Magazine article The Spectator

For Mr Blair, Morality Is a Platform Affectation; Ethics Are Whatever He Can Get Away With

Magazine article The Spectator

For Mr Blair, Morality Is a Platform Affectation; Ethics Are Whatever He Can Get Away With

Article excerpt

Over the past few days, the Prime Minister has behaved disgracefully. He has defended ministers who are guilty of lying and corruption and who have treated Parliament with contempt. In both the Lords and the Commons, he has encouraged the violation of the rules of procedure.

Robin Cook is not as culpable as either Keith Vaz or Tony Blair. Mr Cook prevaricated under pressure, not after malice aforethought; ministers have told worse lies in Parliament. But lying to the Commons is a hanging offence. Robin Cook is not fit to remain in office.

Mr Vaz's behaviour has been scandalous, and was premeditated. He and his friends set out to prevent Elizabeth Filkin from to completing her enquiries. Even if Mr Vaz were innocent of all the charges against him - in which case his behaviour would be incomprehensible - he ought to be sacked on the spot for the way he has behaved towards Mrs Filkin. Keith Vaz has displayed contempt for Mrs Filkin, contempt for Parliament, contempt for public life and contempt for democracy. He is not fit to be a minister; he is not fit to be in Parliament. There is a challenge worthy of Martin Bell. Instead of persecuting holy rollers in Brentwood, Mr Bell should give Mr Vaz's constituents the chance to prove that they know what should be required from a MP, even if Keith Vaz does not.

Mr Vaz has no concept of the standards which sustain British politics; nor has Tony Blair. By retaining Keith Vaz in office, Mr Blair has condoned his behaviour and become his accomplice. There are rumours that Mr Vaz will not be reappointed after the election, but that is not enough. He ought to have been dismissed instantly, as he would have been by any previous Prime Minister, with the possible exception of Harold Wilson in his lavender list phase. If Mr Blair wants to dispute the late Lord Wilson's claim to be foremost in political immorality, he is going the right way about it by retaining Mr Vaz's services, and at least Harold Wilson had no cant of morality. For Mr Blair, morality is a mere platform affectation. Ethics are whatever he can get away with. Standards are a means of smearing the Tories; they were never meant to apply to a Blair government. `Power tends to corrupt,' said Lord Acton. In modern British history, that process has never occurred so rapidly.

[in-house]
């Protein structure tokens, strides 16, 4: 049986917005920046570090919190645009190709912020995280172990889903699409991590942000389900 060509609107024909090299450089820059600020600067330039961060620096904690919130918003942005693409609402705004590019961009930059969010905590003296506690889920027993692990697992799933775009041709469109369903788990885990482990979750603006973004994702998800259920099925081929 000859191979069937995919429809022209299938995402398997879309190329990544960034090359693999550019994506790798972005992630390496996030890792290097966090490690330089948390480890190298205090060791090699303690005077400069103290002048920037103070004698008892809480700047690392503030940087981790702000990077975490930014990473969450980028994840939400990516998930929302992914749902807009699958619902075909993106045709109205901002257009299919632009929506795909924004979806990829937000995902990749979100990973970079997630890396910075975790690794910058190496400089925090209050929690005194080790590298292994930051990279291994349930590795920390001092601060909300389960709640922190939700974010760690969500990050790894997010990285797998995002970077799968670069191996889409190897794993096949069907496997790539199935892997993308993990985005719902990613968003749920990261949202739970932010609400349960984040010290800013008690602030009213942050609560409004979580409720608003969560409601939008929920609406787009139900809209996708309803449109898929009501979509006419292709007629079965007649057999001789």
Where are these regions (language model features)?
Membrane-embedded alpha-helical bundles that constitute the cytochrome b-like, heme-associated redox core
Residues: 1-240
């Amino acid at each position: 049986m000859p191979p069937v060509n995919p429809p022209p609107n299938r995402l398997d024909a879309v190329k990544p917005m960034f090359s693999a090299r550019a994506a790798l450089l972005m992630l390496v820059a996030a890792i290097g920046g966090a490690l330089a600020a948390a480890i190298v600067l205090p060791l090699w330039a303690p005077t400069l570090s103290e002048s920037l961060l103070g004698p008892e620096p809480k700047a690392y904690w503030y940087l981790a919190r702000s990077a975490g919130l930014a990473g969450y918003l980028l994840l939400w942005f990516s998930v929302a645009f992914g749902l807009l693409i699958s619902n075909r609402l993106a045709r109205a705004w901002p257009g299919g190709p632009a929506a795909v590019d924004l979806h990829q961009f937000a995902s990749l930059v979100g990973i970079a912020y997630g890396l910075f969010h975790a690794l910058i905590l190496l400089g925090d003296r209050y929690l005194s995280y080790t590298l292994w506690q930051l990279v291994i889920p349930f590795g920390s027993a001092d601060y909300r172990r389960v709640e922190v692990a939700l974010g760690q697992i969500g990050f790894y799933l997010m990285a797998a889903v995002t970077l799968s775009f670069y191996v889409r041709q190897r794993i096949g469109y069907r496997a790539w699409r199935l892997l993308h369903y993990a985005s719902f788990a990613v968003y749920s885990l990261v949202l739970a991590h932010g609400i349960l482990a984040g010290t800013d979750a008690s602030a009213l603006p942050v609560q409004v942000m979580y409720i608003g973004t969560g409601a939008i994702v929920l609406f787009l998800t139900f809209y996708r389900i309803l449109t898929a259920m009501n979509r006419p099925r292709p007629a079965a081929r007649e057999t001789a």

Late on Monday evening, after a brief debate cunningly timed in the hope that no one would notice, the government forced through a motion decreeing that an incomplete committee stage had in fact been completed. Even Speaker Martin observed that the motion was 'unprecedented', but with this Speaker, it is a miracle that he can pronounce that word. It would be absurd to expect him to follow the logic of his observation and to use his authority to protect Commons procedure from majoritarian abuse. That was not why he was chosen. Labour MPs wanted a pliant mediocrity. They have found one.

On Tuesday, the government rammed through another motion, this time in the Lords. It was a coup for the government's business managers in the Lords, who managed to entice large numbers of Tony's ennobled cronies into voting to pervert the working of a House which they have never tried to understand. The House of Lords runs its own debates with a minimum of procedure, but there is an understanding that peers who want to speak should be able to do so. The corollary is that peers only speak when they have something to say. In the Commons, Whips who find themselves running short of speakers will conscript some passing MP to talk for ten minutes on a subject about which he knows nothing and cares less; thus are ministerial ambitions nurtured. …

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